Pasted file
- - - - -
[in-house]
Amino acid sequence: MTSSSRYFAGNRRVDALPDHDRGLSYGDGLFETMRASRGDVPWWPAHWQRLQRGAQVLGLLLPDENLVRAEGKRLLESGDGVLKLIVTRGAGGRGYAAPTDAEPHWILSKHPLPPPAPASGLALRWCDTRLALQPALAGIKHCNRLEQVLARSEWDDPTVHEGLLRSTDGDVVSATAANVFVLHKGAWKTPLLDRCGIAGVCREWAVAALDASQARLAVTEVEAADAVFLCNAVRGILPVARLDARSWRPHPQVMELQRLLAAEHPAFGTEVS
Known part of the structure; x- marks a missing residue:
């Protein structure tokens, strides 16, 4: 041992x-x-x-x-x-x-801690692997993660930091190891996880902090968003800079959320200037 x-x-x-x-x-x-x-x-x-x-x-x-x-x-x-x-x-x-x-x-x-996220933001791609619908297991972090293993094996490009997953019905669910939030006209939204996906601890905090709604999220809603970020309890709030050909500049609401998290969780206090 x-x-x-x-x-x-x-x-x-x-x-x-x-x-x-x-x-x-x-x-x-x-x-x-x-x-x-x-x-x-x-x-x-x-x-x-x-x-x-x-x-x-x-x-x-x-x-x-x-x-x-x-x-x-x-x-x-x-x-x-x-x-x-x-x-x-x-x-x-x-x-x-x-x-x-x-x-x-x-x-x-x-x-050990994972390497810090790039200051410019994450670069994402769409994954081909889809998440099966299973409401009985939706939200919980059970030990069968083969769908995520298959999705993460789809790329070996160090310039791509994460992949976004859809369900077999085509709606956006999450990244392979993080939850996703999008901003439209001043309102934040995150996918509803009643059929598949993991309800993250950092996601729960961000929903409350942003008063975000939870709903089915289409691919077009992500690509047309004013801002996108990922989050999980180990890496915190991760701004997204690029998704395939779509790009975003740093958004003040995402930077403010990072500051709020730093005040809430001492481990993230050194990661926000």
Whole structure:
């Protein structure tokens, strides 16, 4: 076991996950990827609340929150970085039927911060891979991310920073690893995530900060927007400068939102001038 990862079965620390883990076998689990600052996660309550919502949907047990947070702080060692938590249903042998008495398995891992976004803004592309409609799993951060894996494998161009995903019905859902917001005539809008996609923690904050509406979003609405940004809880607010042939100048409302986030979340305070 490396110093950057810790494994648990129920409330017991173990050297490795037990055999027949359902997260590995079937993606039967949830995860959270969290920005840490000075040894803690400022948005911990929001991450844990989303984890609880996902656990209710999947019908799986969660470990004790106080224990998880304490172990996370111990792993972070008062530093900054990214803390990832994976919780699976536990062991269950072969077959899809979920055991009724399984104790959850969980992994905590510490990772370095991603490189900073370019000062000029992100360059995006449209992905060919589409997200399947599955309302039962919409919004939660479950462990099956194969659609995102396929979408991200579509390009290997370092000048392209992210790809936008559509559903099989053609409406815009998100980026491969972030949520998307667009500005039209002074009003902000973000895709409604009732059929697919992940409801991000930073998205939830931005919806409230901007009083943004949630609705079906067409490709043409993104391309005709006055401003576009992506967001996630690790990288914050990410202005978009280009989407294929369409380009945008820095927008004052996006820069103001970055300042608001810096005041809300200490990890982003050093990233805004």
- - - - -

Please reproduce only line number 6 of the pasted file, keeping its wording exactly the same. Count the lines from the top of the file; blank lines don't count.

């Protein structure tokens, strides 16, 4: 076991996950990827609340929150970085039927911060891979991310920073690893995530900060927007400068939102001038 990862079965620390883990076998689990600052996660309550919502949907047990947070702080060692938590249903042998008495398995891992976004803004592309409609799993951060894996494998161009995903019905859902917001005539809008996609923690904050509406979003609405940004809880607010042939100048409302986030979340305070 490396110093950057810790494994648990129920409330017991173990050297490795037990055999027949359902997260590995079937993606039967949830995860959270969290920005840490000075040894803690400022948005911990929001991450844990989303984890609880996902656990209710999947019908799986969660470990004790106080224990998880304490172990996370111990792993972070008062530093900054990214803390990832994976919780699976536990062991269950072969077959899809979920055991009724399984104790959850969980992994905590510490990772370095991603490189900073370019000062000029992100360059995006449209992905060919589409997200399947599955309302039962919409919004939660479950462990099956194969659609995102396929979408991200579509390009290997370092000048392209992210790809936008559509559903099989053609409406815009998100980026491969972030949520998307667009500005039209002074009003902000973000895709409604009732059929697919992940409801991000930073998205939830931005919806409230901007009083943004949630609705079906067409490709043409993104391309005709006055401003576009992506967001996630690790990288914050990410202005978009280009989407294929369409380009945008820095927008004052996006820069103001970055300042608001810096005041809300200490990890982003050093990233805004």